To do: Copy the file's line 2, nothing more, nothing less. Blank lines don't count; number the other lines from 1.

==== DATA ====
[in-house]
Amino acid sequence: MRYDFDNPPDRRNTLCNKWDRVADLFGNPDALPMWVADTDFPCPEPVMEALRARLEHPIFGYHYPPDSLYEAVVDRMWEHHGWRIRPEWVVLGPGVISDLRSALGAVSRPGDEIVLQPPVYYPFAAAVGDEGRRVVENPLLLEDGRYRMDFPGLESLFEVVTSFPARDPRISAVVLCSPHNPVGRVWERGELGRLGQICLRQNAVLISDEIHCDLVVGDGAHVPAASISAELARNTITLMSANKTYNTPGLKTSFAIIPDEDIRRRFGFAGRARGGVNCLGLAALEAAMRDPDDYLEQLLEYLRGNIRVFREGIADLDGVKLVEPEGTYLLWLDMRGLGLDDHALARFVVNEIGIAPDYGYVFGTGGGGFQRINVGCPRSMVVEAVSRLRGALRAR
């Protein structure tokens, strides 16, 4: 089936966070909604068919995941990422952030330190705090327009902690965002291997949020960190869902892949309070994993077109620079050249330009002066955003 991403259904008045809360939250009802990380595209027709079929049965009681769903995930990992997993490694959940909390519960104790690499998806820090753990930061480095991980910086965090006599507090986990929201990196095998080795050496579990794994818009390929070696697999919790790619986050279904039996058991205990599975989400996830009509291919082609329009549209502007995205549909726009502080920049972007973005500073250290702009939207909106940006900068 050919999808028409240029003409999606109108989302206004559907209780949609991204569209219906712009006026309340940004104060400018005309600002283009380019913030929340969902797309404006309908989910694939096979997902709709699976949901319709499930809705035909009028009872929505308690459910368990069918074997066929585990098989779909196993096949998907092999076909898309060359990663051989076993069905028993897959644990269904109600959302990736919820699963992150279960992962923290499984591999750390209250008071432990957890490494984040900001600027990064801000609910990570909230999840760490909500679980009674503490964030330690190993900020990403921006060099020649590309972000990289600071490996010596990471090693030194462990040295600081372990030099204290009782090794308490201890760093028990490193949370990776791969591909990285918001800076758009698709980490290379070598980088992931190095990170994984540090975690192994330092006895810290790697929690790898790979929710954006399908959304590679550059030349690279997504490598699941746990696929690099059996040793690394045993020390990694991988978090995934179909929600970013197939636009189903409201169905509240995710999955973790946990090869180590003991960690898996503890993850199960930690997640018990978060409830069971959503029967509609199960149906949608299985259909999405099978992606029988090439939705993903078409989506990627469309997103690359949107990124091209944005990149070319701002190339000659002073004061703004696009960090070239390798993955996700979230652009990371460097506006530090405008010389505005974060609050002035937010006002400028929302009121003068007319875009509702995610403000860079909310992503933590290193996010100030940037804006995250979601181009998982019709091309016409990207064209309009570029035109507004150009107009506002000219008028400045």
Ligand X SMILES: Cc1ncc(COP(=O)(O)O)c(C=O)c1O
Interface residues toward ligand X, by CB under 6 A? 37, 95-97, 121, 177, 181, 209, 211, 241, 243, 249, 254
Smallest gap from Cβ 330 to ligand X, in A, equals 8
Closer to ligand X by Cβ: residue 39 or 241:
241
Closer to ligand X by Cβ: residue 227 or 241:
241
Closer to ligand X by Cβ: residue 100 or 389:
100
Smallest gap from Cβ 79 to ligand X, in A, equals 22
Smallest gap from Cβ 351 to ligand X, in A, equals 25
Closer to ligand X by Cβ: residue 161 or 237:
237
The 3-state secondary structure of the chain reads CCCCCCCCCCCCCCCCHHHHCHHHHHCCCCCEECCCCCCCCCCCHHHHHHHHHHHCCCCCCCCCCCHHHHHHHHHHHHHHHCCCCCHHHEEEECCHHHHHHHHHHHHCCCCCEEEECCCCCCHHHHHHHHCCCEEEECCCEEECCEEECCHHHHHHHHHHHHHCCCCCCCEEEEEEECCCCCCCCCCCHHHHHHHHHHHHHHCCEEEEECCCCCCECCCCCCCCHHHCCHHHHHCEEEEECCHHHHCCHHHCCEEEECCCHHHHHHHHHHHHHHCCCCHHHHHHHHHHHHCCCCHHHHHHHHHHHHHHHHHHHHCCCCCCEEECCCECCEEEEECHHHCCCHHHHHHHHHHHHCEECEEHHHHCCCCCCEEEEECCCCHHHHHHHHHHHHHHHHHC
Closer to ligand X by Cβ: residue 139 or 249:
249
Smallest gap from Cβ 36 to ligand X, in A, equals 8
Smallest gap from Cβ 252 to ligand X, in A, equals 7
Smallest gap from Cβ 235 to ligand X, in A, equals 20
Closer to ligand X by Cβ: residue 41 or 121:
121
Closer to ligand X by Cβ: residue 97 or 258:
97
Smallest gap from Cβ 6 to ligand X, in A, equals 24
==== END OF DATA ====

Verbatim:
Amino acid sequence: MRYDFDNPPDRRNTLCNKWDRVADLFGNPDALPMWVADTDFPCPEPVMEALRARLEHPIFGYHYPPDSLYEAVVDRMWEHHGWRIRPEWVVLGPGVISDLRSALGAVSRPGDEIVLQPPVYYPFAAAVGDEGRRVVENPLLLEDGRYRMDFPGLESLFEVVTSFPARDPRISAVVLCSPHNPVGRVWERGELGRLGQICLRQNAVLISDEIHCDLVVGDGAHVPAASISAELARNTITLMSANKTYNTPGLKTSFAIIPDEDIRRRFGFAGRARGGVNCLGLAALEAAMRDPDDYLEQLLEYLRGNIRVFREGIADLDGVKLVEPEGTYLLWLDMRGLGLDDHALARFVVNEIGIAPDYGYVFGTGGGGFQRINVGCPRSMVVEAVSRLRGALRAR